12.) Whale Watching: Thar she blows.  Boat tours leave ports like Seattle and San Diego to watch these ocean behemoths migrate the coast lines of  America.  Ships off of Massachusetts for example record processions of Humpback.  Off my coast, here in Oregon, annually thousands of Gray Whales are observed as they swim close to Oregon’s rugged shoreline on their 12,000 mile migration from the Arctic Ocean to Mexico, and then back again.

13.) Saint Cupcake: A little bit of  Heaven.  Three stores to serve your needs in Portland, Oregon.  Saturday is great when the bakers make their Red Velvet and Carrot cupcake specials.  OMG, Portland, I love you.

14.) Wyoming Dinosaur Center: Jurassic Park.  It is possible to actually participate in a Paleontological dig uncovering fossils from rock where dinosaurs roamed the Earth over 145 million years ago.  The center is located in Thermopolis, and the quarried fossils mostly on the Warm Springs Ranch regularly yield dinosaur and fauna fossils.  Don’t forget to stop. These guys can make any of us feel small.

Hot Air balloons

Hot Air Balloons Fiesta started in 1972

15.) The Albuquerque International Balloon Fiesta: Up, up and away! The Fiesta started in 1972 and has become the largest hot air balloon festival in the world and lasts for 9 days in October.  During that time, the skies over New Mexico are filled with more than 500 floating orbs of brilliant color and design.

16.) The Sierra Club: Protecting our planet, one issue at a time. Founded in 1892 as a grassroots effort to protect our environment, it has grown until today,  it can be said to be “our environmental conscience.” 700,000 members join outings to natural wonders to remind us that this wilderness we love is worth fighting for.

17.) Frozen Dead Guys Festival: Call it weird, I call it wacky. You’ll have to head to Nederland, Colorado to participate in this silliness.  A now dead Norwegian gentleman, brought his grandfather’s frozen corpse to a cryonics facility he and his mother were intending to build in Nederland.  The building was never constructed and the dead granddad is stored in a local shed.  The event of course, led to a Festival. Only in America. The festival includes coffin races, a polar plunge and Frozen Dead Guy ice cream.

Will Rogers was a great American humorist

Will Rogers was a great American humorist known for his one liners

18.) Great Political One Liners: Will Rogers, a man I have only seen in old news clips. I wish he was here now, I think he would have plenty to say about today’s political scene.  “The more you read and observe about this politics thing, you got to admit that each party is worse than the other.”

19.) Phi Beta Kappa: Key to academic success.  The most prestigious academic honor society was established at William and Mary College 12/5/1776.  Currently, about 500,000 members strong. The Phi Beta Kappa society includes 17 former presidents and 131 Nobel Laureates.

20.) Unusual Town Names: It’s American for Christ’s sake.  There’s Ding Dong, Texas; Possum Grape, Arkansas; Lizard Lick, North Carolina; Dunmovin, California; Yreka Zzyzx, California; No Name, Colorado; Zap, North Dakota; Buck Snort, Tennessee; Gnaw Bone, Indiana.  If you are interested you can find Climax in Georgia, Michigan, Minnesota, New York, North Carolina, Ohio, and Pennsylvania. If you are looking for Intercourse it’s been found in Pennsylvania.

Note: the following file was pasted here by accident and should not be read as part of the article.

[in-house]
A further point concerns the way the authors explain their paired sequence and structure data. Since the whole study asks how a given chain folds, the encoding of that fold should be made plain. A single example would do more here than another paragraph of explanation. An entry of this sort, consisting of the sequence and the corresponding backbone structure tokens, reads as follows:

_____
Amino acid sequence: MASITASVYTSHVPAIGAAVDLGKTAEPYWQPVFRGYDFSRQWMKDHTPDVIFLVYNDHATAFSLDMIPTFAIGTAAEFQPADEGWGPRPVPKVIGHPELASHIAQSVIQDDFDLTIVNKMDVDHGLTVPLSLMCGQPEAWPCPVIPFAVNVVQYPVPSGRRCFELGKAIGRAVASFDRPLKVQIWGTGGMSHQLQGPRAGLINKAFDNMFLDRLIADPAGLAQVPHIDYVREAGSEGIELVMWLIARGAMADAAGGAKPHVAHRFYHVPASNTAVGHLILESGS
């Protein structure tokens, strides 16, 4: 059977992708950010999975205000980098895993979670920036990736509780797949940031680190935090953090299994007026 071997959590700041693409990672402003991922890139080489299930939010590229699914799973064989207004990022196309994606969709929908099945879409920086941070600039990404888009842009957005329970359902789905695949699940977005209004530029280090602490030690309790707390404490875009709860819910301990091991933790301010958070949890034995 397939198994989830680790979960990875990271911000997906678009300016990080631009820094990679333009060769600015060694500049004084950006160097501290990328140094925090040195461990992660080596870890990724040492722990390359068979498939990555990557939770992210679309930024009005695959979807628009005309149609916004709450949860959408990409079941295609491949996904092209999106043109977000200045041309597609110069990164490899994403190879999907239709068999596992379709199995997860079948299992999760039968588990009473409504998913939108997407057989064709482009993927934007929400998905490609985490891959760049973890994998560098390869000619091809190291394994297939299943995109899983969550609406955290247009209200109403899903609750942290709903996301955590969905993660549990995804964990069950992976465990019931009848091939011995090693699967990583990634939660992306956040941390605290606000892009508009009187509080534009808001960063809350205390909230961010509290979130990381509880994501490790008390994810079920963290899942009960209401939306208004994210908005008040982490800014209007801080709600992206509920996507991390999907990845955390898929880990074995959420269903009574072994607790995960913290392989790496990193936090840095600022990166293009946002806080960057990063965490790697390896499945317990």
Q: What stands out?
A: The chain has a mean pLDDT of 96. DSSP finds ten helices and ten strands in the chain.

21.) Skyline Drive: 105 miles of almost Heaven.  Skyline Drive runs the north-south length of the Shenandoah National Park through the Blue Ridge Mountains of Virginia.  In October the foliage is so spectacular it can create grid lock for miles on the 35 mile per hour highway.

22.) Gadflies: Shoot from the hip.  Gadflies frequently bug us with letters to the Editor, relentless questions at Town Hall Meetings, interruptions at shareholders meetings, but these folks may be what keeps our Democracy alive.  Where would we be without Ralph Nader, Bob Woodward, or pushy bloggers like me.

23.) The Oregon Trail: It sounded easy.  In the 19th century the 2,170 mile Oregon Trail was the path to the Pacific, opening the area to homesteaders, gold prospectors, fur traders, gamblers and adventurers. Even today, deep wagon ruts along remnants of the trail can be spotted.  More than 200,000 people died on this monumental journey to open the West to expansion and development.

24.) The Electoral College: The unresolved constitutional conundrum.  This anachronistic system for choosing the President of the United States really needs to go,  but meantime there are three pluses: it forces candidates to campaign in backwaters like Maine, Idaho and Oregon, it becomes the thing of headlines when the popular vote is overwhelmed by the Electoral College vote, and, the rest of the world remains confused.

The American GI made Hershey chocolate bars world famous

The American GI made Hershey’s chocolate bars world-famous

25.) Hershey Bars: Chocolatety deliciousness. Developed by Milton Hershey in 1900.  His mission was to allow the working class folks to taste what the rich took for granted.  He built the world’s largest chocolate factory, with an entire community in what is now Hershey, Pennsylvania.  American GI’s introduced the popular bar to war-weary Europeans during WWII.

Trivia is one of those great things you can save and use at opportune moments.  It’s fun to be the queen of weird information.  I didn’t say misinformation, I said weird information.

Join The Resistance
Darlene Mitchell